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Curlykat
10-26-2006, 02:22 PM
I just wanted to get another opinion on an issue I'm (potentially) facing, so hope y'all can help me out!!

DH and I are trying to get pregnant, but an opportunity has arisen in which I have a VERY good chance at getting a new job which is 3 minutes down the road (rather than a 45-minute commute) and pays $3 more per hour.

In Ontario, a woman has to work for her employer for 13 weeks to be able to get maternity benefits, so I'd definitely be able to get in my 13 weeks (considering I'm not even pregnant yet!!).

Now here is the dilemma: would you take a job, knowing full well you're planning to leave for a whole year, next year, if everything goes according to plan?? The new job would be at a small dental office, so it isn't the kind of place where people come and go all the time.

Sigh. Advice needed. Knitters - weigh in, please!!

ebrperk
10-26-2006, 02:28 PM
I would say if you only have to work there 13 weeks to get maternity benefits go for it. If you are only a few minutes away from home maybe you could work part time if you wanted and still go home to see the baby at lunch or something like that.

brendajos
10-26-2006, 02:28 PM
I would say take the job. You have no real idea how long it will take you to get pregnant and it would stink to lose out on that opportunity if it takes you some time to get pregnant.

I am probably the HR person's least favorite person for making that kind of suggestion but seriously....if you got pregnant "accidentally" it would reeeeeeeally be a different situation for them.

Curlykat
10-26-2006, 02:32 PM
I would say take the job. You have no real idea how long it will take you to get pregnant and it would stink to lose out on that opportunity if it takes you some time to get pregnant.

This is what DH says, but I guess I just would feel bad for this poor little dentist, who thinks he's hiring someone to be a good employee and then all of a sudden, I take off for a year!!!

cookworm
10-26-2006, 02:33 PM
Just my humble opinion :wink: but I'd say go for the new job. If it's much closer to home and it pays more, why not? If you're planning on working through the pregnancy, you will appreciate that shorter commute greatly as you get farther along and you're tired at the end of the day (I had a 2 hour commute each way when I was pregnant the first time...it's no picnic!). It's true that you're looking to leave not so long in the future if things go according to your plan, but think about the fact that the same thing could happen if you took this job and you and your husband maybe weren't planning for a pregnancy (maybe a little "surprise" happened), and you'd have to leave in that circumstance, too? I'm all for trying to be fair to an employer, but you also have to consider what will work best for you and your family, too. Plus, if you're considering maybe going back to work and they would hold the job for you, it will be nice being so close to home. Just my humble opinion, though. Good luck! :heart:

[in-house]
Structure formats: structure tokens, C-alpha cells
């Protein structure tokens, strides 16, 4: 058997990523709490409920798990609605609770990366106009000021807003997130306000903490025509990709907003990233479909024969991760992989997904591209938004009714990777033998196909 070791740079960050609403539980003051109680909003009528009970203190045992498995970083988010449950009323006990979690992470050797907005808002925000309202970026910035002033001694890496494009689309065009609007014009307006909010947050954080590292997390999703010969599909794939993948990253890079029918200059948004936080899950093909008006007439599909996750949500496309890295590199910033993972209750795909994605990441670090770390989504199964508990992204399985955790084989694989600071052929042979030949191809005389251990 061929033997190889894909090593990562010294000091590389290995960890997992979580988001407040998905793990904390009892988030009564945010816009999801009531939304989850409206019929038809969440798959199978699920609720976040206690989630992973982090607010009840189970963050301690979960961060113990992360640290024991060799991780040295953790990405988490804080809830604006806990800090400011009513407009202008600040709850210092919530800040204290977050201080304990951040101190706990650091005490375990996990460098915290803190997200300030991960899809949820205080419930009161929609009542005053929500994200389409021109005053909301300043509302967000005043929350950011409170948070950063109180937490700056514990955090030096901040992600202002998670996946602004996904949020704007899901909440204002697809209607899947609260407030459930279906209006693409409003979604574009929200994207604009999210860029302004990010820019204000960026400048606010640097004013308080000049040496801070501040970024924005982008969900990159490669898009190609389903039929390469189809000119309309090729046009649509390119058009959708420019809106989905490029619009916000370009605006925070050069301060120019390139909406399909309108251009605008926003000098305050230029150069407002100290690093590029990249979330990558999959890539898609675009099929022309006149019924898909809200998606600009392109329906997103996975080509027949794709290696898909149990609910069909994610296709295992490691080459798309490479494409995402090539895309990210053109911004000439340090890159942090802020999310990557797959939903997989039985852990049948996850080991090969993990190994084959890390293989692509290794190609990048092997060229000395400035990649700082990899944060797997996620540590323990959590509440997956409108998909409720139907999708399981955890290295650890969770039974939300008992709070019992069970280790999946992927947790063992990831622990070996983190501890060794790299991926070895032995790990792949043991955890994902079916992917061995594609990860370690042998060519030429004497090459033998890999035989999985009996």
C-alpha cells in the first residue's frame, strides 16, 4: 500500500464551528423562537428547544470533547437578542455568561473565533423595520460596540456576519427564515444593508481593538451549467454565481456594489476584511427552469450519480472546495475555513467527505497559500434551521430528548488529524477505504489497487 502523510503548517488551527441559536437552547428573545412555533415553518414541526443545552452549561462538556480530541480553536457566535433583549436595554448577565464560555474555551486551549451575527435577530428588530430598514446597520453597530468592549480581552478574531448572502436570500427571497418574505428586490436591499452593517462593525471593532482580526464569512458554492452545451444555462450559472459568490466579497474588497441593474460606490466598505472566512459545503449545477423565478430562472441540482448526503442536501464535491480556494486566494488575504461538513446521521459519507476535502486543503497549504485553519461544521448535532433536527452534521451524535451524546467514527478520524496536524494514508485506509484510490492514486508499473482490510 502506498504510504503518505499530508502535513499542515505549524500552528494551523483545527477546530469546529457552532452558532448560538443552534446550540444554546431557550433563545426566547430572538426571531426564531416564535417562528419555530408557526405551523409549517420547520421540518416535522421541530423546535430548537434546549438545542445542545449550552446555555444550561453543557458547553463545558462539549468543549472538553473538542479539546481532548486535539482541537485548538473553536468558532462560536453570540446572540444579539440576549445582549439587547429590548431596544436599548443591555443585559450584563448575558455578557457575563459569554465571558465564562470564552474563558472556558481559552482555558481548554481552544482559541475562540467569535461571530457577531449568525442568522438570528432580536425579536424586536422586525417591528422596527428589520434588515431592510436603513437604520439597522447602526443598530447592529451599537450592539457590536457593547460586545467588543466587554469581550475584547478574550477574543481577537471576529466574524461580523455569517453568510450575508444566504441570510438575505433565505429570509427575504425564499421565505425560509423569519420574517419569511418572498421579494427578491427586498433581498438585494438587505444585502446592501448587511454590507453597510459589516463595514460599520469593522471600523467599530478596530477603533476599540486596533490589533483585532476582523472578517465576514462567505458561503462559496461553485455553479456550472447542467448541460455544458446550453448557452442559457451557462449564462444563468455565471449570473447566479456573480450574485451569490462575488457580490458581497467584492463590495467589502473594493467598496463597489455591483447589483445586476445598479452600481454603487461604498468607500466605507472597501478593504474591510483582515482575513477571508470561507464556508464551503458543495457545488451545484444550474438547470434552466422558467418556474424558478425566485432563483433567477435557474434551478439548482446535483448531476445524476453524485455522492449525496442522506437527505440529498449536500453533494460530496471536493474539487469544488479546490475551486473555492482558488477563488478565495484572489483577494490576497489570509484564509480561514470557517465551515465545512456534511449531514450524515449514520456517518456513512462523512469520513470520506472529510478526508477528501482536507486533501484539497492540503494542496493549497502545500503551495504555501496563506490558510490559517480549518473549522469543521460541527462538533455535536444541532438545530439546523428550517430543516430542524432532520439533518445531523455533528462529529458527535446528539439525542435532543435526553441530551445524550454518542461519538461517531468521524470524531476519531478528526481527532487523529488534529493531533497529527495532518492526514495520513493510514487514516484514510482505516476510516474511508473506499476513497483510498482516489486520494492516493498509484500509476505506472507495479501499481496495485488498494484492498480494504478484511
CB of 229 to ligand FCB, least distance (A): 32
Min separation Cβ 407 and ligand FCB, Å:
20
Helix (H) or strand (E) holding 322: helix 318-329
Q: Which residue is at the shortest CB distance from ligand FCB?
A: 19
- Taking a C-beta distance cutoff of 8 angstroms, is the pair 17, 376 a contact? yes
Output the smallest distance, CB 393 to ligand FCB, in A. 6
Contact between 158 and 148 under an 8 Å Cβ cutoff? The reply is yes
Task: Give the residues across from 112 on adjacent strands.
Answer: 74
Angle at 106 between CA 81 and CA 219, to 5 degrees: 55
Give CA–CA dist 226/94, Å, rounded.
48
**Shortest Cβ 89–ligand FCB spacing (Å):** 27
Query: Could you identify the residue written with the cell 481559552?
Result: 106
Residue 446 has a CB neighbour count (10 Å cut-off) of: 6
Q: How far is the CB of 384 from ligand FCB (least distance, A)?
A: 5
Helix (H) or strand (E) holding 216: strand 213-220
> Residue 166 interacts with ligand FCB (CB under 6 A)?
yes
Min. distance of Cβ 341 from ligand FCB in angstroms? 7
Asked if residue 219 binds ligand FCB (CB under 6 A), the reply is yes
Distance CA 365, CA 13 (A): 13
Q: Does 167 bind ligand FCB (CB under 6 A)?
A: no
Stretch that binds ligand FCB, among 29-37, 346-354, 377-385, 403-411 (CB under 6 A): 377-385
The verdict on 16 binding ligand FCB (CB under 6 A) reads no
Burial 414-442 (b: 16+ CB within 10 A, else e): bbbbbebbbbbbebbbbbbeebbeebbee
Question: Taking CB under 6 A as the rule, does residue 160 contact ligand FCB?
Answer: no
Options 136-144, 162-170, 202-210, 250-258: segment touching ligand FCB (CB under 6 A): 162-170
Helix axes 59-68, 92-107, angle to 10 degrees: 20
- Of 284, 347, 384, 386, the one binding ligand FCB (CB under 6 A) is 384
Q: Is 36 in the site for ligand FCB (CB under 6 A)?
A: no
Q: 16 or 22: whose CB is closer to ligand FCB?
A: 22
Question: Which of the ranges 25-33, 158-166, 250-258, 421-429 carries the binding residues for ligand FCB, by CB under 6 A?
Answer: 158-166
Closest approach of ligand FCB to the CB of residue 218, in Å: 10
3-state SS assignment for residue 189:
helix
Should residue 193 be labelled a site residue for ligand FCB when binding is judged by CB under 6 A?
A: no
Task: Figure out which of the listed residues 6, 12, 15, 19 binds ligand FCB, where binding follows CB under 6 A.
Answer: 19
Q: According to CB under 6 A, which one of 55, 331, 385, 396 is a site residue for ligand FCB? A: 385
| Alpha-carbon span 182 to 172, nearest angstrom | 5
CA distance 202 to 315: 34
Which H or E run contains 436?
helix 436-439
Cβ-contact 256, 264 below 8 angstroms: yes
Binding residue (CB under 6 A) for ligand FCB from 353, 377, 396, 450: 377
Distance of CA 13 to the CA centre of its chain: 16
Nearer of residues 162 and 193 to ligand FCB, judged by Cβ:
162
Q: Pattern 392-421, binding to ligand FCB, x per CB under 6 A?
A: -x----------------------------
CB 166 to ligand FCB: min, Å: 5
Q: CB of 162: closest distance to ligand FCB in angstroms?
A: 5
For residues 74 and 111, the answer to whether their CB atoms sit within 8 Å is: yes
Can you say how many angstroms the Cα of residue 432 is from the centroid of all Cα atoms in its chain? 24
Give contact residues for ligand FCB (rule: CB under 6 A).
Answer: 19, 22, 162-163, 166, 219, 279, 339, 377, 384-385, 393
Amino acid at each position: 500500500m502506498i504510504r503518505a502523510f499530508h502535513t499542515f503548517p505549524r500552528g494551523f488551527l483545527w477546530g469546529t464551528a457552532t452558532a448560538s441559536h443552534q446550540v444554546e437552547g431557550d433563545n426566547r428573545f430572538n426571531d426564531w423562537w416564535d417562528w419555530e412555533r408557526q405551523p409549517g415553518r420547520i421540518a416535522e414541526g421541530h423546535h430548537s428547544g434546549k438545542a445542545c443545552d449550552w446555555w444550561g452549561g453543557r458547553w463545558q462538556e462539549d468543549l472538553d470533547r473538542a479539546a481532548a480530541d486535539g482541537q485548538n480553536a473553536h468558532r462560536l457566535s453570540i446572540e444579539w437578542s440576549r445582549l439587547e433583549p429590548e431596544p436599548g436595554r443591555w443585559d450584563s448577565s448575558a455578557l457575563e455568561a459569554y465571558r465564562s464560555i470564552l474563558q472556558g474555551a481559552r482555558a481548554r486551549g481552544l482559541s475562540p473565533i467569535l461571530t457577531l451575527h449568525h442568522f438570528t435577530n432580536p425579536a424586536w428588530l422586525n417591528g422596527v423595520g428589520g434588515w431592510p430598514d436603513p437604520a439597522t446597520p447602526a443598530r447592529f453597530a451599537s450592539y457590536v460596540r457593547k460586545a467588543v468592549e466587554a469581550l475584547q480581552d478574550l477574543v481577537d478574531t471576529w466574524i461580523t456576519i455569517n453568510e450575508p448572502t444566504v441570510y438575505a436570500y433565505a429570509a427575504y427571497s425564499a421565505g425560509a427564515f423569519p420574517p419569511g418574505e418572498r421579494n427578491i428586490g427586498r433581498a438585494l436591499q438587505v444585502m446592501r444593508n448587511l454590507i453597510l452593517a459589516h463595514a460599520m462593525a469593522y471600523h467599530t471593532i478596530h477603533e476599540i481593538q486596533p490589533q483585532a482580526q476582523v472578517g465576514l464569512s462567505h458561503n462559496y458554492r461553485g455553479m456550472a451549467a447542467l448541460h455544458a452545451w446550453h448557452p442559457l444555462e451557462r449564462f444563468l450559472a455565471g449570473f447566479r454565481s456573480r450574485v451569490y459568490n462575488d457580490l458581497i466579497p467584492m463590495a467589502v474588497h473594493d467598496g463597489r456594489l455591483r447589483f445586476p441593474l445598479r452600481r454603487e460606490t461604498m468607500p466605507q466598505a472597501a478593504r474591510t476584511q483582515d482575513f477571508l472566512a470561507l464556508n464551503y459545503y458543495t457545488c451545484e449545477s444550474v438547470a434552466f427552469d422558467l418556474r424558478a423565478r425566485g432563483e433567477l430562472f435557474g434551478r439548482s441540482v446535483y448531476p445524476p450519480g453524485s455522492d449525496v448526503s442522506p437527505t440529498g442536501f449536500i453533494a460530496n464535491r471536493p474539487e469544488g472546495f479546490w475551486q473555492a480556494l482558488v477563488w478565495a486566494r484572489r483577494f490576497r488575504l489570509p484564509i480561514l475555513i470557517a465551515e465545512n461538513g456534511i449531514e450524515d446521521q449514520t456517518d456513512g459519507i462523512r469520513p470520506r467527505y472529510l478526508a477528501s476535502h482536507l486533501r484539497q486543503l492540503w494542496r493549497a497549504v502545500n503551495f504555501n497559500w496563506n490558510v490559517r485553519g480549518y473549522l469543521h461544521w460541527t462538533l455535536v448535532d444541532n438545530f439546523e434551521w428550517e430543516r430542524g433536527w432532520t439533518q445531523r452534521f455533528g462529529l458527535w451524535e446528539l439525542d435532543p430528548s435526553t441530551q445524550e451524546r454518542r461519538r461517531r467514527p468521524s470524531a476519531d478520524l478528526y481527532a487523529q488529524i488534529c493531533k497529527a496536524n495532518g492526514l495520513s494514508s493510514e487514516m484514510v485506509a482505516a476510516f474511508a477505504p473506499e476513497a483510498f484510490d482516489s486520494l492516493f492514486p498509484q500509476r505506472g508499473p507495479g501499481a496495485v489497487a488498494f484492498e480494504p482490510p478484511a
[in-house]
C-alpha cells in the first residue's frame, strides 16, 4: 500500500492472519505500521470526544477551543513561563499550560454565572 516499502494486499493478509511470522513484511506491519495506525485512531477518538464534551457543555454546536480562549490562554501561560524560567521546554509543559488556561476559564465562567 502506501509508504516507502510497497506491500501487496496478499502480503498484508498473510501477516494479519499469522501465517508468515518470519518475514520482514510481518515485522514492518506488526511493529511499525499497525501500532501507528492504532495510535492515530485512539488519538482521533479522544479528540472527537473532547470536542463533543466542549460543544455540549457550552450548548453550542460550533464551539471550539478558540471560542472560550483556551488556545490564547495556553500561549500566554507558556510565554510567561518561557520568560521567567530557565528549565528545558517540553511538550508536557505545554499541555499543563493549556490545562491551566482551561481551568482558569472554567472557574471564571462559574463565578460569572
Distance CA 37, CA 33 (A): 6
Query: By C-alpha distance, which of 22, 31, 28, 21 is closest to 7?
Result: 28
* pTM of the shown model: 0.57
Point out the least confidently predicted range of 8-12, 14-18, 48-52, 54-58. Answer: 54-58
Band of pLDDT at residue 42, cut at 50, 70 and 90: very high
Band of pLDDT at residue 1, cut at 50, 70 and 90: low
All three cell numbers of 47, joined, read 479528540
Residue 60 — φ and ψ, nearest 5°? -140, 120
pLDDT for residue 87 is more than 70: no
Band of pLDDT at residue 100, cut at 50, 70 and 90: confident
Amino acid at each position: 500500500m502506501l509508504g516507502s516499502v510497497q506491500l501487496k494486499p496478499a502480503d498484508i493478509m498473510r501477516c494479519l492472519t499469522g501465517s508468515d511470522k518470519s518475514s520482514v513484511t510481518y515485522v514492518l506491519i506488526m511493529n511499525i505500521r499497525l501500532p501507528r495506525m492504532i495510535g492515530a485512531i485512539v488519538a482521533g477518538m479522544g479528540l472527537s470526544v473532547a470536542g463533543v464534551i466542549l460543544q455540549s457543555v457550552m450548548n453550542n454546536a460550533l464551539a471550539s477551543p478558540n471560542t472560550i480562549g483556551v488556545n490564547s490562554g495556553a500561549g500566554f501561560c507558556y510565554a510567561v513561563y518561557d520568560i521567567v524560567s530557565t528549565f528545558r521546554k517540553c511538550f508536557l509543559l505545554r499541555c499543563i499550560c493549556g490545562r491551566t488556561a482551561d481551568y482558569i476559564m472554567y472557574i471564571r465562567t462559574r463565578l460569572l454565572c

Quiara
10-26-2006, 02:49 PM
I agree with everyone else. It really just makes good sense. Plus, $3 more/hr = MORE YARN MONEY. How can you say no? :twisted:

Curlykat
10-26-2006, 03:16 PM
I agree with everyone else. It really just makes good sense. Plus, $3 more/hr = MORE YARN MONEY. How can you say no? :twisted:

Oooh, you bad, bad person, you! I just sorted out my meager stash and have realized that I have inherited, through various places/people, a really crappy bunch of acrylic. Need more, and better, yarn!!!!

brendajos
10-26-2006, 03:37 PM
I agree with everyone else. It really just makes good sense. Plus, $3 more/hr = MORE YARN MONEY. How can you say no? :twisted:

Oooh, you bad, bad person, you! I just sorted out my meager stash and have realized that I have inherited, through various places/people, a really crappy bunch of acrylic. Need more, and better, yarn!!!!



okay that just sent me into a fit of giggles...

Quiara
10-26-2006, 03:40 PM
I'll just sit here quietly and pet the mmmmmmalabrigo I got in the mail today. *pet pet* Not that I'm trying to tempt you or anything . . . Not me. Nope. *petpet*

janelanespaintbrush